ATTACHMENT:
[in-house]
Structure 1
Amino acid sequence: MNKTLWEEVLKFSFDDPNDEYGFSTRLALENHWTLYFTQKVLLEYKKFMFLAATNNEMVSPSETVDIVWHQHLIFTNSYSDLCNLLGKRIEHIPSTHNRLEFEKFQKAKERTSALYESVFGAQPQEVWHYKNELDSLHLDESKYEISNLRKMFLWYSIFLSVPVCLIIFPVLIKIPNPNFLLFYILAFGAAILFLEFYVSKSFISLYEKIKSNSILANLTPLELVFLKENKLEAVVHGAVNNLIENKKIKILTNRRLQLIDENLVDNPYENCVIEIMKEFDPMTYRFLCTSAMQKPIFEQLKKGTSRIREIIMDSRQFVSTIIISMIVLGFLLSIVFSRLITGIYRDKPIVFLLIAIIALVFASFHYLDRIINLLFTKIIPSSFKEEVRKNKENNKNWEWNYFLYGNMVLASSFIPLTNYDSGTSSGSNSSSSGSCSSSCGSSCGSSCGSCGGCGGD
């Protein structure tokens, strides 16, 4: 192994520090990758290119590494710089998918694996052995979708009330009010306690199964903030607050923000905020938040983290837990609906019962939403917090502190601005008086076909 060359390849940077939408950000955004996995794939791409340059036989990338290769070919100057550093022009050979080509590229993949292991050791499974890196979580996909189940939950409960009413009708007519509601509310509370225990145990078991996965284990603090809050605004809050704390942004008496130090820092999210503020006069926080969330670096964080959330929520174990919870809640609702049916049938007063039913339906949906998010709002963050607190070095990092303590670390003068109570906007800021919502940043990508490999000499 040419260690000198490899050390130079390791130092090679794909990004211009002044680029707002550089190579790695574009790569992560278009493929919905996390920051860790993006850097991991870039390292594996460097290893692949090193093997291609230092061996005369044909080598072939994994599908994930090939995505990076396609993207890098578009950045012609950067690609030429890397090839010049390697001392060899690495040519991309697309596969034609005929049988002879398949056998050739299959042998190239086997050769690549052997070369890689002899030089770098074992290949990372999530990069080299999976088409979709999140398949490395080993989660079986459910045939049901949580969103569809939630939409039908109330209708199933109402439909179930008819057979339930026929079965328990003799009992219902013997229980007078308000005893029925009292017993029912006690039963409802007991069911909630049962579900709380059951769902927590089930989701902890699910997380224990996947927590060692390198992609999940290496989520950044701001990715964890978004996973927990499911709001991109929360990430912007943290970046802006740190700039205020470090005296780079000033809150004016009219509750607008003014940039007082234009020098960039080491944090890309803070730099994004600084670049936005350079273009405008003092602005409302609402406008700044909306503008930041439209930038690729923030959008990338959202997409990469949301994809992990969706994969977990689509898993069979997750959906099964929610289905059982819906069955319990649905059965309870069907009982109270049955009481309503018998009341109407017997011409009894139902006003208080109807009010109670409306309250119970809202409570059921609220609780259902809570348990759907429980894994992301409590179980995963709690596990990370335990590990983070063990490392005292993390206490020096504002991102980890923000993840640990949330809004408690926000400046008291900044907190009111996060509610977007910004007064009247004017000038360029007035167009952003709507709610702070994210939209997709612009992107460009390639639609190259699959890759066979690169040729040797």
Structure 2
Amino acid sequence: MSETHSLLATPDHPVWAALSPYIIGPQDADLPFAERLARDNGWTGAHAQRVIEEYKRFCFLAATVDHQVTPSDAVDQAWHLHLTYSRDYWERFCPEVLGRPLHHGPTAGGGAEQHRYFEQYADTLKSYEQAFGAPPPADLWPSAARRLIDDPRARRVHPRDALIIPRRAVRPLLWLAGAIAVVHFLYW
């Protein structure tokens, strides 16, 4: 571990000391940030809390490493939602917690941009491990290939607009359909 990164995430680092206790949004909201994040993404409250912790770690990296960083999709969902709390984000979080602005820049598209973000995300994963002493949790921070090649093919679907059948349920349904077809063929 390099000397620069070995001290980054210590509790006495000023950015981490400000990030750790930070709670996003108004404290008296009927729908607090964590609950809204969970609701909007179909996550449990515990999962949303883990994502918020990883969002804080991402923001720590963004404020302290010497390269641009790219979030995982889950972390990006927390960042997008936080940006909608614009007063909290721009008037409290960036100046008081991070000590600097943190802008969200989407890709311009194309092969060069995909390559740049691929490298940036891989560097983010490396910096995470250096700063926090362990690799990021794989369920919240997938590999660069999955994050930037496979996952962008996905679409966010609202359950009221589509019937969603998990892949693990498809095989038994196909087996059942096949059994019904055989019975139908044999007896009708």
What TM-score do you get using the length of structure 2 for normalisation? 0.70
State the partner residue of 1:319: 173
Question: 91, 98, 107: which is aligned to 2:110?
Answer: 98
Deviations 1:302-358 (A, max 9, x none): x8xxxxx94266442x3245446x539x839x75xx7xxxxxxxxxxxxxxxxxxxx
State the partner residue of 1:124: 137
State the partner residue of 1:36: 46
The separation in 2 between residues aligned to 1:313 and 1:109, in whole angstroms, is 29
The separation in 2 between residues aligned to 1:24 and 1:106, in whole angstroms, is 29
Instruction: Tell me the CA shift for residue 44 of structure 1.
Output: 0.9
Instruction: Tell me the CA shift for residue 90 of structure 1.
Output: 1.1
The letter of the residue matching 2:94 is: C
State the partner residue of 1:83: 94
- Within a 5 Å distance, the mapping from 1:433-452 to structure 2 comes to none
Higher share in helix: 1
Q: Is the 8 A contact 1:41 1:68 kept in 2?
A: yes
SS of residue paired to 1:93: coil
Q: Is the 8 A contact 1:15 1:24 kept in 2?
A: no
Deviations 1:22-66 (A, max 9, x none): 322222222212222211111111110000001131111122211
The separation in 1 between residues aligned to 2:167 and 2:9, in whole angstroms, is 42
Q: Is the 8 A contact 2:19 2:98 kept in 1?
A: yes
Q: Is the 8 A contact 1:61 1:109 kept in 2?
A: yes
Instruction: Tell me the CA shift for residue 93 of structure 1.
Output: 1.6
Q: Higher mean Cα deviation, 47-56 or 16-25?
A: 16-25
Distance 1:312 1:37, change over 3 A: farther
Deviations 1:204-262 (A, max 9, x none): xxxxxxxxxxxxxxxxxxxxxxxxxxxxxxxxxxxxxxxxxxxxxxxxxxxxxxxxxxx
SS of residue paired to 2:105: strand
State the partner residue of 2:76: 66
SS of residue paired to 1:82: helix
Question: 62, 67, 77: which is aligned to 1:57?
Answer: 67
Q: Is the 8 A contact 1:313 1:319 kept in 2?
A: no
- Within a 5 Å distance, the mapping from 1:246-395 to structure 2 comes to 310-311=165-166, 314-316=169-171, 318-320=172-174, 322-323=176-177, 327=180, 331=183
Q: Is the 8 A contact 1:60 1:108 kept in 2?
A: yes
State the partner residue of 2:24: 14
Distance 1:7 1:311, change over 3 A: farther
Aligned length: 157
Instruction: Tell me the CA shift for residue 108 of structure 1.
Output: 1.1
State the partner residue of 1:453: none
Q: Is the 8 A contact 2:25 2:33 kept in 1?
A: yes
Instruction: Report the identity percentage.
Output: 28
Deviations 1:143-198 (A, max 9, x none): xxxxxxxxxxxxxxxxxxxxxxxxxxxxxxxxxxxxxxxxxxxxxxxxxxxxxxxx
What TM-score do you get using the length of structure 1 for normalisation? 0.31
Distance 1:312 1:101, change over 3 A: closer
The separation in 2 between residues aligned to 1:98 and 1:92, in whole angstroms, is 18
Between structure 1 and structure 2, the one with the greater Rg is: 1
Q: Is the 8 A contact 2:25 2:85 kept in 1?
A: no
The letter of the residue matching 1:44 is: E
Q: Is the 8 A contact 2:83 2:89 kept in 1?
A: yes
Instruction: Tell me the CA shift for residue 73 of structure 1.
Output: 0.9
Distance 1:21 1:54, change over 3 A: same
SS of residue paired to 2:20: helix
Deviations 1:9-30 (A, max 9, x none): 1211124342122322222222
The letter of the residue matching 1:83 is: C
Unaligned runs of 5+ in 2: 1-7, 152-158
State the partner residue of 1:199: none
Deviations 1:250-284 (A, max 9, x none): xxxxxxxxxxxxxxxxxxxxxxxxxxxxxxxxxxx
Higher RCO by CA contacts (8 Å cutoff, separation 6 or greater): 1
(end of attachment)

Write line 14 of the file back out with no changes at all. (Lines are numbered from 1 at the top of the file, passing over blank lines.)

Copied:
State the partner residue of 1:36: 46